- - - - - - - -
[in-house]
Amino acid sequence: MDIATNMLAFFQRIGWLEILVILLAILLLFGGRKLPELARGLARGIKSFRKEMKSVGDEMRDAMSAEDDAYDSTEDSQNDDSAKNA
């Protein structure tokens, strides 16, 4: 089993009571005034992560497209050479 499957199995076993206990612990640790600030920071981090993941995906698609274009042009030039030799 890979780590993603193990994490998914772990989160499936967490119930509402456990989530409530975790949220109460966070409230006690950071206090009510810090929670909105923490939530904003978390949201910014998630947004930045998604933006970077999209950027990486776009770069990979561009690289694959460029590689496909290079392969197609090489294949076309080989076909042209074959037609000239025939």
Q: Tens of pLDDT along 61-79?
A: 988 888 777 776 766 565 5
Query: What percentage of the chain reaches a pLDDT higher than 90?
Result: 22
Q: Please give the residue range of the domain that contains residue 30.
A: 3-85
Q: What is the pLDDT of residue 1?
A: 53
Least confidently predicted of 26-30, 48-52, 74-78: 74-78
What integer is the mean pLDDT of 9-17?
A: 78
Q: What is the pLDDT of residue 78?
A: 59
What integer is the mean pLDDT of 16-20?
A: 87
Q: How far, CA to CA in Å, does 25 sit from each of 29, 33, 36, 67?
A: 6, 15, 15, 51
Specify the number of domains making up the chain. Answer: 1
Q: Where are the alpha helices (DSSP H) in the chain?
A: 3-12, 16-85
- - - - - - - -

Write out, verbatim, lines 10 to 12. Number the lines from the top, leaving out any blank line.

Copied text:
Q: What is the pLDDT of residue 1?
A: 53
Least confidently predicted of 26-30, 48-52, 74-78: 74-78